Incidence & epidemic curve

Methods for the two-week cumulative incidence map and the epidemic curve map are based on guidance from the CDC. National-level maps can be accessed here

Two-Week Cumulative Incidence Rate

The two-week cumulative incidence rate summarizes new cases reported in the past two weeks per 100,000 people. It looks at recent incidence to capture the potential burden of currently ill people who may be infectious and/or currently accessing healthcare. 

The sum of each region’s number of reported cases in the past two weeks (in other words, the difference between the total number of cases from two weeks ago from the current total number of cases) is divided by that region’s population. The resulting rate is multiplied by 100,000 to get a two-week cumulative incidence rate per 100,000 people.

  • Low: There have been 10 or fewer new cases per 100,000 people in the past two weeks.
  • Moderate: There have been between 10 and 50 new cases per 100,000 people in the past two weeks.
  • Moderately high: There have been between 50 and 100 new cases per 100,000 people in the past two weeks.
  • High: There have been more than 100 new cases per 100,000 people in the past two weeks.

Current Epidemic Curve

The current epidemic curve categorizes counties into phases of the epidemic curve based on two-week incidence and recent slope. It provides a more detailed view into the burden of illness and the trajectory of new illnesses.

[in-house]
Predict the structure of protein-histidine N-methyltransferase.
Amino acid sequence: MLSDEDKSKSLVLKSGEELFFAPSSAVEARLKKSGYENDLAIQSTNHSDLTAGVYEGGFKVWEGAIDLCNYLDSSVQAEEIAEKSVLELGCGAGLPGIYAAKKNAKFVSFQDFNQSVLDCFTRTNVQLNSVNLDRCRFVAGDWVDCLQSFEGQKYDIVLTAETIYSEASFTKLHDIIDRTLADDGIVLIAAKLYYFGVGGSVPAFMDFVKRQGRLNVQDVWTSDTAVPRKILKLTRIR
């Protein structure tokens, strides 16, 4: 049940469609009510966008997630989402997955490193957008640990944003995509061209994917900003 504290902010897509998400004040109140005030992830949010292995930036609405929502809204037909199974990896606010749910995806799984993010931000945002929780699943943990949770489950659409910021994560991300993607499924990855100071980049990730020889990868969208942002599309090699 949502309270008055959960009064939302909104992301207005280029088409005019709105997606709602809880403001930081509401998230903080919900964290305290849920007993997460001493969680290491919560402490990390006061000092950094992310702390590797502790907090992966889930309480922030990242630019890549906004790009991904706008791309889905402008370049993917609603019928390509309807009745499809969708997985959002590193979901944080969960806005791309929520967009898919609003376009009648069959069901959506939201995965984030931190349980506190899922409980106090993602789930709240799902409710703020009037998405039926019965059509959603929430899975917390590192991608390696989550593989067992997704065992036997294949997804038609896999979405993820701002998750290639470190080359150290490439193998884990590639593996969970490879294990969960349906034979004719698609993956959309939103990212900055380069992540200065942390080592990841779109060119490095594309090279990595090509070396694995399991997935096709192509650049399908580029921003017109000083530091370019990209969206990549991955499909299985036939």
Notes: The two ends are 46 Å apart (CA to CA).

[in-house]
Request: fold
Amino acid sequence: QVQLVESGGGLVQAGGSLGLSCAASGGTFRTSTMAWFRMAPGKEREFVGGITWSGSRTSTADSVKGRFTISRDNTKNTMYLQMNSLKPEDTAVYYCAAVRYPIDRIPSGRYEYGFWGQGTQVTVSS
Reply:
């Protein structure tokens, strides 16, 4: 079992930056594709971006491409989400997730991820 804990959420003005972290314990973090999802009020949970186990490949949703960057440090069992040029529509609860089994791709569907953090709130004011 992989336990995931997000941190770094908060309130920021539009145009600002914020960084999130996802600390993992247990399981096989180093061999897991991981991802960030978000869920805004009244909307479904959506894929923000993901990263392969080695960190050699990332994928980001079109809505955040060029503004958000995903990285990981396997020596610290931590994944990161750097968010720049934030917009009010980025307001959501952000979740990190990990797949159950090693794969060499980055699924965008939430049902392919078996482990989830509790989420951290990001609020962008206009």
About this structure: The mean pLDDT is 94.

Counties are categorized based on (1) the number of new cases per 100,000 in the past two weeks, and (2) the trajectory of the three-day moving average daily incidence per 100,000. By hovering over each region, you can see a figure detailing how three-day moving averages of daily incidence and the corresponding phase of the epidemic curve have changed over the past month. 

The ‘Two-Week Cumulative Incidence Rate’ section above details how the number of new cases per 100,000 in the past two weeks is calculated for each region.

Three-day moving average daily incidence rates per 100,000 are calculated for each region by first totalling the number of new cases by date reported to the state. The total number of cases reported on each day is divided by each region’s population, and multiplied by 100,000 to get a daily incidence rate per 100,000 people. The three-day moving average is the mean of daily incidence rates per 100,000 for the current and past two days. 

  • Low incidence growth: There have been ten or fewer new cases per 100,000 in the past two weeks. Incidence is low, but increasing.
  • Elevated incidence growth: There have been more than ten new cases per 100,000 in the past two weeks. Incidence is high and increasing.
  • Elevated incidence plateau: There have been more than ten new cases per 100,000 in the past two weeks. Incidence is high and remaining stable.
  • Sustained decline: Incidence is consistently decreasing. 
  • Low incidence plateau: There have been ten or fewer new cases per 100,000 in the past two weeks. Incidence is low and remaining stable.

Region-Specific Incidence

For regions with >5 cases in the past two weeks, a smoothing trend line was fit to three-day moving average incidence by date reported to the state. 

The magnitude and direction of change of the smoothing trend line is shown below incidence. This line describes the changes that are occurring in the above smoothing trend line.

 

Access the incidence data files 

 

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